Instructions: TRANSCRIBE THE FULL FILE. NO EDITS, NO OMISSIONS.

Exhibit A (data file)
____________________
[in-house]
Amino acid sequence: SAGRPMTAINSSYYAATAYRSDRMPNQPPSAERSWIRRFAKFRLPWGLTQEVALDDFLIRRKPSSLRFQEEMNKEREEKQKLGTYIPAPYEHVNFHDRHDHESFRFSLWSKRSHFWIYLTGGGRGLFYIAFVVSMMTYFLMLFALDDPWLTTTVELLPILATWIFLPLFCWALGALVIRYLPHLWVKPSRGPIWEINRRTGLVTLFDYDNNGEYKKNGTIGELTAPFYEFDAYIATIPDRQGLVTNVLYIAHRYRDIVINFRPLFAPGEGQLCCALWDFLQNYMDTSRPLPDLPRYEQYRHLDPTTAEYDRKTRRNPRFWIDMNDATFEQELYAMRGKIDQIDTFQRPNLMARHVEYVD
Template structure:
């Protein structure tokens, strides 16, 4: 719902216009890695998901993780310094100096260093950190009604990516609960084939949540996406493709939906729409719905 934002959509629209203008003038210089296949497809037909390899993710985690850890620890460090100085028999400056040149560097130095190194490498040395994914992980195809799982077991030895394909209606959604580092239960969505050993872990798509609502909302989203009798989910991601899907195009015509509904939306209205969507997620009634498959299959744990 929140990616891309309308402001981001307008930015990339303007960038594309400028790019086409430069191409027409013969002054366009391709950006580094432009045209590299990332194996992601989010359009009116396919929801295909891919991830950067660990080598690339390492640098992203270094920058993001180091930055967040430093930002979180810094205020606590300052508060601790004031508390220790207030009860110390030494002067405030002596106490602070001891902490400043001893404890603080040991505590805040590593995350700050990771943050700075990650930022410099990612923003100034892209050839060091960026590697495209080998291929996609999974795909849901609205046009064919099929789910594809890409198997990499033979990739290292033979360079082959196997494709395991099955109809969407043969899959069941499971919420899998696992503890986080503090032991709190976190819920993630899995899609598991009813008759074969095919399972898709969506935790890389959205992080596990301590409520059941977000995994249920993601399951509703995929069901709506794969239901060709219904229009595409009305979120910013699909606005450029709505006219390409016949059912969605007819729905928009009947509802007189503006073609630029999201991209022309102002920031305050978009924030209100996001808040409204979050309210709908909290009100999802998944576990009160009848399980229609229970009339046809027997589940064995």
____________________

[in-house]
Amino acid sequence: SAGRPMTAINSSYYAATAYRSDRMPNQPPSAERSWIRRFAKFRLPWGLTQEVALDDFLIRRKPSSLRFQEEMNKEREEKQKLGTYIPAPYEHVNFHDRHDHESFRFSLWSKRSHFWIYLTGGGRGLFYIAFVVSMMTYFLMLFALDDPWLTTTVELLPILATWIFLPLFCWALGALVIRYLPHLWVKPSRGPIWEINRRTGLVTLFDYDNNGEYKKNGTIGELTAPFYEFDAYIATIPDRQGLVTNVLYIAHRYRDIVINFRPLFAPGEGQLCCALWDFLQNYMDTSRPLPDLPRYEQYRHLDPTTAEYDRKTRRNPRFWIDMNDATFEQELYAMRGKIDQIDTFQRPNLMARHVEYVD
Template structure:
């Protein structure tokens, strides 16, 4: 719902216009890695998901993780310094100096260093950190009604990516609960084939949540996406493709939906729409719905 934002959509629209203008003038210089296949497809037909390899993710985690850890620890460090100085028999400056040149560097130095190194490498040395994914992980195809799982077991030895394909209606959604580092239960969505050993872990798509609502909302989203009798989910991601899907195009015509509904939306209205969507997620009634498959299959744990 929140990616891309309308402001981001307008930015990339303007960038594309400028790019086409430069191409027409013969002054366009391709950006580094432009045209590299990332194996992601989010359009009116396919929801295909891919991830950067660990080598690339390492640098992203270094920058993001180091930055967040430093930002979180810094205020606590300052508060601790004031508390220790207030009860110390030494002067405030002596106490602070001891902490400043001893404890603080040991505590805040590593995350700050990771943050700075990650930022410099990612923003100034892209050839060091960026590697495209080998291929996609999974795909849901609205046009064919099929789910594809890409198997990499033979990739290292033979360079082959196997494709395991099955109809969407043969899959069941499971919420899998696992503890986080503090032991709190976190819920993630899995899609598991009813008759074969095919399972898709969506935790890389959205992080596990301590409520059941977000995994249920993601399951509703995929069901709506794969239901060709219904229009595409009305979120910013699909606005450029709505006219390409016949059912969605007819729905928009009947509802007189503006073609630029999201991209022309102002920031305050978009924030209100996001808040409204979050309210709908909290009100999802998944576990009160009848399980229609229970009339046809027997589940064995």